Designers on Lockdown: Magnus Long

For the third instalment in our Designers in Lockdown series, we spoke to London-based designer Magnus Long. He is the brains behind our exclusive Massimo Sofa collection, a design that showcases his love for refined, elegant design.

We caught up with Magnus to find out how lockdown has affected him.

How is lockdown treating you?

Like everybody, I found it quite scary at first. We’ve managed to find a new rhythm within our family but our house has become a classroom, a nursey, a workplace and a part-time home. It has been great being able to spend time with together. My two year old can now say “wash your hands” and my four year old is really taking an interest in the design work I’m doing when working from home. But it has also been really frustrating at times not being able to go quite at full speed. Lots of projects have been a bit quiet and it’s only now that things are starting to pick up again.

Magnus Long sat in the Massimo Armchair

How has lockdown shifted the way you design?

I’ve been thinking lots about how this could be the breakthrough that means people don’t travel so much to work. My studio is a 10-minute walk from my house so I’m quite lucky in that sense. I’m kind of imagining what it could look like if we have lots of local workplaces. This would mean people not having to work from home but also not having to commute for hours every day.

So; what would those spaces look like? What would the design for those spaces be? Maybe they could be on the high street. Maybe we could use empty shops as localised co-working spaces for lots of different people doing lots of different things. I’d really love to see that happening and the design opportunities that arise because of it. I’m just trying to think about what happens when we all get to the point where we realise that travelling is a waste of money, time and fuel. Maybe we don’t need to do that anymore and at the same time not need to work at home. Maybe there’s a third way that could fill this gap. I’d love to see communities coming back together on the high street again, even if they’re connected globally or nationally.

How has your business adapted to social distancing?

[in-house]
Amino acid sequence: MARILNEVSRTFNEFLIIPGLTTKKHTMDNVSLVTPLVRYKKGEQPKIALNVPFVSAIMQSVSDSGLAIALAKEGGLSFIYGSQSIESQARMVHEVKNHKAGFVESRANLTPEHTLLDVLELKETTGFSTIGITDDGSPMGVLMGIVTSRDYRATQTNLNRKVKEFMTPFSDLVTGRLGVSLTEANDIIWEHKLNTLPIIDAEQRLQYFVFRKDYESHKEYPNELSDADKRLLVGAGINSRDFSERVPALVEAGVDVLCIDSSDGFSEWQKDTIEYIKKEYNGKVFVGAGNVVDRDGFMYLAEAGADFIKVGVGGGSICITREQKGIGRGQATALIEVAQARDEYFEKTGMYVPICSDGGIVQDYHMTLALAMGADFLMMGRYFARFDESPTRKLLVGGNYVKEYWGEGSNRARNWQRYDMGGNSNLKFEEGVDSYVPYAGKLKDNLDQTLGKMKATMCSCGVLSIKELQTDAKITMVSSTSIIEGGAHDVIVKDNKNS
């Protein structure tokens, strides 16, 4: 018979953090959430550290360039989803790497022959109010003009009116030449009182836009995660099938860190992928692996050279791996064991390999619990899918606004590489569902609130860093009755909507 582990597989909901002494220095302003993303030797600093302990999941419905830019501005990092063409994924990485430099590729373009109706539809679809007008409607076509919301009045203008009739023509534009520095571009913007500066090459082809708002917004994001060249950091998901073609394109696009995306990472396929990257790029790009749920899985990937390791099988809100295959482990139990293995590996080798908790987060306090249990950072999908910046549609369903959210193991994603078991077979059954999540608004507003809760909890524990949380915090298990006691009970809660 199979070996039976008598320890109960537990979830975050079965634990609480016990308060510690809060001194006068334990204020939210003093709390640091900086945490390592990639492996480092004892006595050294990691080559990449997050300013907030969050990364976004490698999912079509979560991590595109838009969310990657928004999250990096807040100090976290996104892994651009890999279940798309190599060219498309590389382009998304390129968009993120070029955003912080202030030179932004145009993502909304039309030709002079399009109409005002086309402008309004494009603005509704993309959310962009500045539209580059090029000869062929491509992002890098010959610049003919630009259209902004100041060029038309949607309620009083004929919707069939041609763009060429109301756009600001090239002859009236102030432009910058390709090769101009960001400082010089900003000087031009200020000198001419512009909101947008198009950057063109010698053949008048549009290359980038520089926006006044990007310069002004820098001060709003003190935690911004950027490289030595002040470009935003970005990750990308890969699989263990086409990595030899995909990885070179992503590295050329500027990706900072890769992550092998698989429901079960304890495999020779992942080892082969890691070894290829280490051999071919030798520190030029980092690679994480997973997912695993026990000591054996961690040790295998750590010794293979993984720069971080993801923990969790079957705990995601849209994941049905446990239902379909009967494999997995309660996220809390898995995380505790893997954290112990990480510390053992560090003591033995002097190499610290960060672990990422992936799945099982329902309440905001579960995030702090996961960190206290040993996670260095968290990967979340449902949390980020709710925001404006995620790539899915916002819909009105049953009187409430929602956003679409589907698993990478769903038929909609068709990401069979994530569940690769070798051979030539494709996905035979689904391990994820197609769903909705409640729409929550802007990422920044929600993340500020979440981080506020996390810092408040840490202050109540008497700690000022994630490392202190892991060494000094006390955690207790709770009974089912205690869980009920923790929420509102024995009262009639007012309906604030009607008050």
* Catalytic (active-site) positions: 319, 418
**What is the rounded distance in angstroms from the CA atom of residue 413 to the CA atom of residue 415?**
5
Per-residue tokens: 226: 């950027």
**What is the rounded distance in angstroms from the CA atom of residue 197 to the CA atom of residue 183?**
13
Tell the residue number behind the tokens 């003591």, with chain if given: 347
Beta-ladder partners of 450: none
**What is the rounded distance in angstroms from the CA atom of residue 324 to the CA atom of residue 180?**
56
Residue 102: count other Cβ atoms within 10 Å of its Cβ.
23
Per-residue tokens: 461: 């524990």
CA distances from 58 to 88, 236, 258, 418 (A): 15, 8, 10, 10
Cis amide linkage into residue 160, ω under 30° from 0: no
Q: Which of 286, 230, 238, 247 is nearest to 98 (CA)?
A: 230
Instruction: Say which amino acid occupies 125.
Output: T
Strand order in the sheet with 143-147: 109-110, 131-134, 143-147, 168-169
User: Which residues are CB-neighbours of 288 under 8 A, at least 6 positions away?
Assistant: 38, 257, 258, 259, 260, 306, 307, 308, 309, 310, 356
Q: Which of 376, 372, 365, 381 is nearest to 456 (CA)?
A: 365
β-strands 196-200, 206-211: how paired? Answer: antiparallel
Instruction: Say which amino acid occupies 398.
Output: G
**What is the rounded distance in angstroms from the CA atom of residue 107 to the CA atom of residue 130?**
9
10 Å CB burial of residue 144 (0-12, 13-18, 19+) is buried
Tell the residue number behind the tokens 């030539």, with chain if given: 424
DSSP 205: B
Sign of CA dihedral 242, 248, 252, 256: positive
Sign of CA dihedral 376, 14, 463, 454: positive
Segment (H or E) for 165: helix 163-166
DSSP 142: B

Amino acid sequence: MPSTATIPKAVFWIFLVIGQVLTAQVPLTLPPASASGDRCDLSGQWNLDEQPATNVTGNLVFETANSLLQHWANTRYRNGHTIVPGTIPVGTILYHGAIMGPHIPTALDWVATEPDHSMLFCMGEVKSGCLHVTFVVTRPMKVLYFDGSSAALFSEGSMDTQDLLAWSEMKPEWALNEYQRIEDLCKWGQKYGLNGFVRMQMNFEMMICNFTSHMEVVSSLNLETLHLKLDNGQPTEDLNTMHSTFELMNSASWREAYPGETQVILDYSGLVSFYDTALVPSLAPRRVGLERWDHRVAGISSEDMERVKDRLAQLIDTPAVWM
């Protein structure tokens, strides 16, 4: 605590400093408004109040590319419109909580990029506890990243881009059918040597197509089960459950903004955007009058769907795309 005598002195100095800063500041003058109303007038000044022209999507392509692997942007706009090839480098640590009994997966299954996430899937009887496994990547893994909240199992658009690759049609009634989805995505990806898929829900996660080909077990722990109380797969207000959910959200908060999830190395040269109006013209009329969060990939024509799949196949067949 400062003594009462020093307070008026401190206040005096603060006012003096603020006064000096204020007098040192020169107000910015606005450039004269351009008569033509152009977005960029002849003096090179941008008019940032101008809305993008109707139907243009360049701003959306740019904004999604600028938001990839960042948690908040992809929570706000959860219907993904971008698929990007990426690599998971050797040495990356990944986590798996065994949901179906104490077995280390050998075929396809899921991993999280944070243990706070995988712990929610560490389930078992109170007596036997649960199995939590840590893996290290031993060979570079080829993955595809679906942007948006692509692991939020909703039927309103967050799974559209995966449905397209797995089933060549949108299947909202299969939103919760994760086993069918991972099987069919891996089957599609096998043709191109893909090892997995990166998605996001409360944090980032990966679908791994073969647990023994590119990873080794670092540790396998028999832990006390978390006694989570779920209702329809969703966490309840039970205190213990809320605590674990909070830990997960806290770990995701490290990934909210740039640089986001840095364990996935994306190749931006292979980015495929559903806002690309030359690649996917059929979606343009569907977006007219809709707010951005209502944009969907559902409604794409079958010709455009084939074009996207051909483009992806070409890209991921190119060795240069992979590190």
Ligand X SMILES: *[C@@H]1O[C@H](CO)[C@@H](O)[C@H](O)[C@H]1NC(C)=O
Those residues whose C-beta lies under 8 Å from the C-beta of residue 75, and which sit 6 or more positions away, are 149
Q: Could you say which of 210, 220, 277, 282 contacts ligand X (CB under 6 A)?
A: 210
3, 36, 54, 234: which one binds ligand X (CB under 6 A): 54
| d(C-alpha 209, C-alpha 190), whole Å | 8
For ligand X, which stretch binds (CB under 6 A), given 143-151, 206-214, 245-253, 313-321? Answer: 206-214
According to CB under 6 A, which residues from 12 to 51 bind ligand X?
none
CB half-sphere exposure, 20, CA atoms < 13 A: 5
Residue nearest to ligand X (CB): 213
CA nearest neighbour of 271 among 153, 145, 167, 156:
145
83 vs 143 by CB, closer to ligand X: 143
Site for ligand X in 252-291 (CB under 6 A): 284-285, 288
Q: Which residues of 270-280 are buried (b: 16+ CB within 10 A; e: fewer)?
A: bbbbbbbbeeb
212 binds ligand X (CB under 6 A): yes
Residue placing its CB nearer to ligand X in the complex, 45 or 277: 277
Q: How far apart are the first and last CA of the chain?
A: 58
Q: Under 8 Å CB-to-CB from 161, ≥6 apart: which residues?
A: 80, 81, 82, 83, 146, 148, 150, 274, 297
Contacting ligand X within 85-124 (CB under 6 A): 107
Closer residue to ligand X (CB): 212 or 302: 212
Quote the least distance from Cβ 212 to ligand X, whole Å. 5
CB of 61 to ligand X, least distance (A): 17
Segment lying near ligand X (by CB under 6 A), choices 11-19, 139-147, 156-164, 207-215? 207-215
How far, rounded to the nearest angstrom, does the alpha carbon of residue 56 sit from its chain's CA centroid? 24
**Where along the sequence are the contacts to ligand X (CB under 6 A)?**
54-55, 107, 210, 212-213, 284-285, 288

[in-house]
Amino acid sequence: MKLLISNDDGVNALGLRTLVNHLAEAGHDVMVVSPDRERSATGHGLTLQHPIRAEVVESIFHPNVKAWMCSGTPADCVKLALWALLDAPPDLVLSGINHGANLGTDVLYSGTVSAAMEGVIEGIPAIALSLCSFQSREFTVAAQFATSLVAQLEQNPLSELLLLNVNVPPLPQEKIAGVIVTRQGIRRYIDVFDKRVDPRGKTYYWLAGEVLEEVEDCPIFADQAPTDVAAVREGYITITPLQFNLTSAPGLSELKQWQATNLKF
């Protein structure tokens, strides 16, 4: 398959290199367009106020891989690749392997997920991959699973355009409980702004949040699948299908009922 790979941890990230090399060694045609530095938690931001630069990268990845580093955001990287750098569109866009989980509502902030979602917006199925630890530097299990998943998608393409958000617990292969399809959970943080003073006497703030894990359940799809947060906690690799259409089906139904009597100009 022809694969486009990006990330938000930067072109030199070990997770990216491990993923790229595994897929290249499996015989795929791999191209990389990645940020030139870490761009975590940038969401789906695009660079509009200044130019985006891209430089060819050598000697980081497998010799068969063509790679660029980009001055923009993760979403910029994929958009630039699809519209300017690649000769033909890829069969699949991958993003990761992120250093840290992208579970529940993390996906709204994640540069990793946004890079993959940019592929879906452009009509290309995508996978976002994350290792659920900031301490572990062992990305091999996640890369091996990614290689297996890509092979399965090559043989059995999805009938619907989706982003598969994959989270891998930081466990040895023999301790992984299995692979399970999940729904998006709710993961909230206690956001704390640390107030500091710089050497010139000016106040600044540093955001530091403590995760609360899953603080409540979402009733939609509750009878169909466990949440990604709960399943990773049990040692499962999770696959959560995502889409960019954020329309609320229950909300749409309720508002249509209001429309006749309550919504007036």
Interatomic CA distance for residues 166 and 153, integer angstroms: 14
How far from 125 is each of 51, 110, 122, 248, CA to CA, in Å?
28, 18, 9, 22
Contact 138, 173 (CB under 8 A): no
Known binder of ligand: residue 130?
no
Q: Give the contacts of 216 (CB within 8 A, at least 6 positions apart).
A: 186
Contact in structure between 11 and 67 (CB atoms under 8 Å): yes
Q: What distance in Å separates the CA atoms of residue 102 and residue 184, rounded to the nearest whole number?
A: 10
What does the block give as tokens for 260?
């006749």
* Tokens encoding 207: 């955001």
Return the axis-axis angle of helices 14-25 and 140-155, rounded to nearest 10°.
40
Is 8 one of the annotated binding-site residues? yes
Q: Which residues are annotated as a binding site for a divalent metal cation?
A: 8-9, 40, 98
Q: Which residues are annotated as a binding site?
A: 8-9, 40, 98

Most of the time it’s just me in the studio and ever since lockdown it’s just been me alone. So that bit has been quite easy to manage. In terms of social distancing it’s really about the travel and not being able to visit factories and trade fairs. Milan was cancelled this year and that’s usually a nice place to see new things that are being launched. So we’ll have to wait until next year to see the major launches that will happen.

Magnus Long's Massimo Sofa in a modern living room

How have you stayed motivated when working from home?

I think so much of my work is reliant on other people throughout the design project. From clients to manufacturers, there’s a lot of coordination between so many different people. Obviously lots of these people have gone quiet over the last few months. At moments it has been difficult to stay motivated and that’s the time I’ve taken to think about different things.

But it feels like things are beginning to pick up again. Prototypes have begun being manufactured, for example. It’s just sad not being able to go and see them in the factory and not work as closely with the partners. So it’s a bit different in that respect but I’m sure things are beginning to change and open up again. It does raise the question whether we need to travel as much and if we can do things in different ways.

Have you picked up any new hobbies or interests during lockdown?

I don’t really feel like I’ve had much more time on my hands. Lots of juggling around of other things. I’m really interested in seeing what happens next, how things are going to change, the new normal. What is that going to look like in term of the work-life balance? I’m really interesting to see what the details will be and the restructuring of various aspects of our lives. Then, of course, how we as designers can respond.

Magnus Long's Massimo Armchair in a minimalist room

What has inspired you most during lockdown?

The first one that comes to mind is 3D-printing PPE. It’s a brilliant use of the technology. Global groups of people working together to use their very localised manufacturing and get PPE to frontline workers quickly has been inspiring to see.

Also, I’ve been inspired by projects that don’t require much investment and are things that everybody can do. For example, Paul Priestman launched a project that involved cutting up an egg box to make a smartphone stand. It’s something everybody can do and everyone can have a go at.

The rainbows have been really great. Being able to walk down the street and experience that feeling of being in this together. Plus, saying thank you to frontline workers and NHS staff. That pulling together of organisations, businesses and communities has been really inspiring. We can do this together.

Like what you see? Shop Magnus Long.